Country Legend And Racing Owner/Breeder Toby Keith Dead At 62

Toby Keith | Coady

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Country singer/songwriter Toby Keith passed away Monday following a battle with stomach cancer, his family announced Tuesday. While best known for his music career, which included 20 No. 1 hits, he also owned and bred Thoroughbreds and was known for his passion of the sport.

Keith raced and bred primarily under the name of Dream Walkin Farms, which started its first horse in 2001. Dream Walkin was a song on an album by the same name that Keith released in 1997. According to Equibase, Dream Walkin won 848 races and earned over $18 million. Keith's top runners included the homebreds Cactus Ridge (Hennessy), the winner of the 2003 GIII Arlington-Washington Futurity, and Smack Smack (Closing Argument), the winner of the 2016 GIII Prairie Meadows Cornhusker H. whose career earnings were $986,419. Both were bred at Keith's farm in Pauls Valley, Oklahoma.

Keith also raced Quarter Horses and was part owner of 2003 Champion of Champions winner The Down Side along with R.D. Hubbard and Johnny T.L. Jones.

“He was a really close friend,” said Danny Caldwell, who owned horses in partnership with Keith that ran under the name of Country Bro Stables. “This has been a long night, a very long night. Toby was a great. He was a true American patriot. He was a great man who helped a lot of people. He loved the Thoroughbred racing industry. He raised a lot of his own horses, he bred a lot them. He put a lot of money into the game and he enjoyed it to the full extent.”

In a 2004 interview with the San Angelo Standard-Times Keith spoke of his passion for the sport.

“I could retire and race horses and be happy,” he said. “I wish more people were exposed to horse racing. It's the greatest. It gives everyone a chance to own a sports franchise and they don't have to pay $1 billion for it.”

At last year's yearling sales, bloodstock agent Chris Baccari bought 24 yearlings, including a New York-bred colt by Violence for $380,000, on behalf of Keith.

“It is a very sad day,” Baccari said. “He was a really genuine, great guy, who didn't have any agendas. He really supported the Thoroughbred racing business. He was a big fan and an advocate. He knew his bloodlines very well and was very passionate about it. He was trying to upgrade. He wanted to step up the program. I am very lucky to have had him as a friend and a partner.”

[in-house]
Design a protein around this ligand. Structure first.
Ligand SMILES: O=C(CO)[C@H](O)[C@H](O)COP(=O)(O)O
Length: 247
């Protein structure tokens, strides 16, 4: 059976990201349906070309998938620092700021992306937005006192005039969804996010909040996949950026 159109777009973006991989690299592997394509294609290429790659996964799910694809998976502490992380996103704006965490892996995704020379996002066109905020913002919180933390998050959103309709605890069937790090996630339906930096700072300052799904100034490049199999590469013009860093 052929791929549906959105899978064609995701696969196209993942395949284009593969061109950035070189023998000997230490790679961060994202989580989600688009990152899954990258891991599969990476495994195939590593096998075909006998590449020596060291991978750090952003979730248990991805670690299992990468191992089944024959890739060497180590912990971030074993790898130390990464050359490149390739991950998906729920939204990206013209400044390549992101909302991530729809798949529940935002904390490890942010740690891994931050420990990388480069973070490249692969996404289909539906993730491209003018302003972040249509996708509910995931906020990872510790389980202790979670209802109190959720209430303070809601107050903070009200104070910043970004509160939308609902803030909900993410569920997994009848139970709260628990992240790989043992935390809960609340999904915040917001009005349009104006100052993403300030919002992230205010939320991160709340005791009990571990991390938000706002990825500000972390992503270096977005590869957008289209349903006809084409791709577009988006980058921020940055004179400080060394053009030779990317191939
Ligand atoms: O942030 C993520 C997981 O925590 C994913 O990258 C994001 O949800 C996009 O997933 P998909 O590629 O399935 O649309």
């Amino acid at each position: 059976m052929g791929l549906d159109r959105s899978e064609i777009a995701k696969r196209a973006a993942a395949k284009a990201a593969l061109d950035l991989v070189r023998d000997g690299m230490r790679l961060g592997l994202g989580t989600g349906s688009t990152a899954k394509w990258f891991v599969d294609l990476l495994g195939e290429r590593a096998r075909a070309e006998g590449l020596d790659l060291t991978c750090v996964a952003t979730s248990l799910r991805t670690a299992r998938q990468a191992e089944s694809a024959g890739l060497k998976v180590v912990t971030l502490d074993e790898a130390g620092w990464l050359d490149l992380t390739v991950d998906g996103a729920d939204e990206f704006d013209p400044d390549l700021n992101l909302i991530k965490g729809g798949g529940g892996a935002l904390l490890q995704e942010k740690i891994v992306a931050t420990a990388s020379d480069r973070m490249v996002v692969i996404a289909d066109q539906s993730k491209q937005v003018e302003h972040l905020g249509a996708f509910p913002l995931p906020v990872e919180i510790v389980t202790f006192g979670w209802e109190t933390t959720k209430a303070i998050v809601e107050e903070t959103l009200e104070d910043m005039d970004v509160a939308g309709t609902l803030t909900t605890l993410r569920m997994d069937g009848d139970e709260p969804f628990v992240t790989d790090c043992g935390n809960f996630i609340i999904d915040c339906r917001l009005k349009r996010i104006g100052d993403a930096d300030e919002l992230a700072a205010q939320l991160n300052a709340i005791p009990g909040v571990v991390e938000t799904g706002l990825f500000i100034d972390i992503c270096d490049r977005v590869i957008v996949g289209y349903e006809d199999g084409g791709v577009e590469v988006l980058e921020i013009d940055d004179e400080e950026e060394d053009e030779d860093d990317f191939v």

Keith's work within racing included his role as a Breeders' Cup Ambassador. The Breeders' Cup issued a statement Tuesday, which read: “We were extremely saddened to learn of the passing of Toby Keith today. In addition to his tremendous accomplishments in the music and entertainment world, Toby was a longtime Breeders' Cup Ambassador and an enthusiastic Thoroughbred owner, breeder, and fan who greatly enjoyed attending the Breeders' Cup World Championships. Along with his legion of fans, we will miss him very much and express our deepest condolences to his loved ones.”

In June, Keith announced on Twitter that he had recently been diagnosed with stomach cancer and had been undergoing treatment.

“Last fall I was diagnosed with stomach cancer,” Keith, 60, said. “I've spent the last 6 months receiving chemo, radiation, and surgery. So far, so good. I need time to breathe, recover and relax. I am looking forward to spending this time with my family, but I will see the fans sooner than later. I can't wait.”

 

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